declaring a variable in a class (outside of a function) : all class functions can access it (basically a public variable)

declaring a variable inside a function inside a class : only that function can access it (its in that functions scope)

declaring a variable with self.(variable name) inside a function inside a class : all class functions can access it (how is this different from global (variable name)?)

and since there is no private / protected, everything is public, so everything accessible from inside a class is accessible from outside the class.

Are there any other nuances I should know, or have I pretty much got it?

  • 7
    "python scope, I think I got it" is a terrible question title. Please try harder. – Wayne Burkett Apr 17 '11 at 1:43
  • please phrase your answer in the form of a question – jason Apr 17 '11 at 3:30
  • But basically, yes, ypu don't have things like "private" variables by default in Python (I say "by default" because one can use some introspection magic to have private/protected like behavior). Now, why would you need private variables? The convention is that methods/attributes that have their name starting with a single "_" are not public and should not be modified from outside the object. The idea of private vars for obfuscation/security is faulty by nature. – jsbueno Apr 17 '11 at 3:36

Since the listing in your question is not 100% clear, I've decided to explain it with a simple example. It also includes some things like __something variables you did not mention in your list.

class Test:
    a = None
    b = None

    def __init__(self, a):
        print self.a
        self.a = a
        self._x = 123
        self.__y = 123
        b = 'meow'

At the beginning, a and b are only variables defined for the class itself - accessible via Test.a and Test.b and not specific to any instance.

When creating an instance of that class (which results in __init__ being executed):

  • print self.a doesn't find an instance variable and thus returns the class variable
  • self.a = a: a new instance variable a is created. This shadows the class variable so self.a will now reference the instance variable; to access the class variable you now have to use Test.a
  • The assignment to self._x creates a new instance variable. It's considered "not part of the public API" (aka protected) but technically it has no different behaviour.
  • The assignment to self.__y creates a new instance variable named _Test__y, i.e. its name is mangled so unless you use the mangled name it cannot be accessed from outside the class. This could be used for "private" variables.
  • The assignment to b creates a local variable. It is not available from anywhere but the __init__ function as it's not saved in the instance, class or global scope.
  • Is there a reason why you are not using Test(object)? So does your answer also apply to the new-type classes? – Davor Josipovic Jul 30 '16 at 14:56
  • 1
    Doesn't matter - it works in either case – ThiefMaster Jul 30 '16 at 14:59
  • Wish I could give +10 upvotes! I've been Google-ing for an hour trying to find out whether b = 'meow' would be saved to the class, instance, or be function local to init. Thank you! – cfwschmidt Sep 21 '17 at 22:18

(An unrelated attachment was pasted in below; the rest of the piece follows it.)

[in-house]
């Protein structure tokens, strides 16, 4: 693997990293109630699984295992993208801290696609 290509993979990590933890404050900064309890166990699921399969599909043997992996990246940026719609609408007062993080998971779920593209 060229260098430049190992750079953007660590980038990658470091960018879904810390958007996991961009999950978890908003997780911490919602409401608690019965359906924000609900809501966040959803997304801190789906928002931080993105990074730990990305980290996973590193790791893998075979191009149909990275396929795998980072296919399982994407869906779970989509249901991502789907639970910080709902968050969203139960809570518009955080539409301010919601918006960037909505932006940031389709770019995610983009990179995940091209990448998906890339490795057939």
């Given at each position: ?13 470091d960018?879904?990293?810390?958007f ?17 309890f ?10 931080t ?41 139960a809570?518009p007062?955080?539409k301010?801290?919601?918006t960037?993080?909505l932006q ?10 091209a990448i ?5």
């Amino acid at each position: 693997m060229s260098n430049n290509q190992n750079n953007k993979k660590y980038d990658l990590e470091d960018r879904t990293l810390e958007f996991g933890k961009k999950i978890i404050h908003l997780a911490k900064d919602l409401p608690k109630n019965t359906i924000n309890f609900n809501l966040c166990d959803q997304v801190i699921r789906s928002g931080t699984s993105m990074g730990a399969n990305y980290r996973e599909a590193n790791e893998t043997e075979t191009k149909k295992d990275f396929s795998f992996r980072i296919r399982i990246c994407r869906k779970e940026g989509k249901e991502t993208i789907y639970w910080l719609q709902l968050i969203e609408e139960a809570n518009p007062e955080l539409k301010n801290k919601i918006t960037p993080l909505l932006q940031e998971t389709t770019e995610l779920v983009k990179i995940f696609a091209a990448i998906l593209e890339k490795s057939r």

Declaring a variable at the top level of the class is like declaring a static or class variable. Qualifying it with self is declaring an instance variable. Class variables can be modified by referring to them by class name (e.g. Class.x = 5) and all instances will inherit these changes. Instance variables are private to an instance and can only be modified by that instance.

You can achieve some level of access control using underscores. See private variables in the Python tutorial. By convention, variables starting with one underscore, e.g. _foo are non-public parts of an API, and names starting with two underscores e.g. __foo will have it's name mangled to be _classname__foo.

Although answered, let me add some comments to your questions:

declaring a variable in a class (outside of a function) : all class functions can access it (basically a public variable): comment:this is like a static variable and can be called using the class name. These variables are available to all functions, any functions can modify it and print it.

declaring a variable inside a function inside a class : only that function can access it (its in that functions scope): comment: if the variable is declared without self then it is accessible within that function only, kinda local variable. However if it declared using self like self.var= 'somevalue',, then it is accessible via any object but not via the class name.

declaring a variable with self.(variable name) inside a function inside a class : all class functions can access it (how is this different from global (variable name)?): comment: see asnswer in the above part.

and since there is no private / protected, everything is public, so everything accessible from inside a class is accessible from outside the class.: comment: yes, but we can use single underscore to tell world this variable is private but technically that actually doesnt make it private.

we can use the scope in this for as : case 1: In the Class
class test:<br> def __init__(self, a): self.__elements = a<br> def change_a(self): self.__elements = 5

case 2 : Outside class
t = test(5)

This will access by as object._classname__privatevaribalename

print(t._test__elements)

this will print the change value of a`

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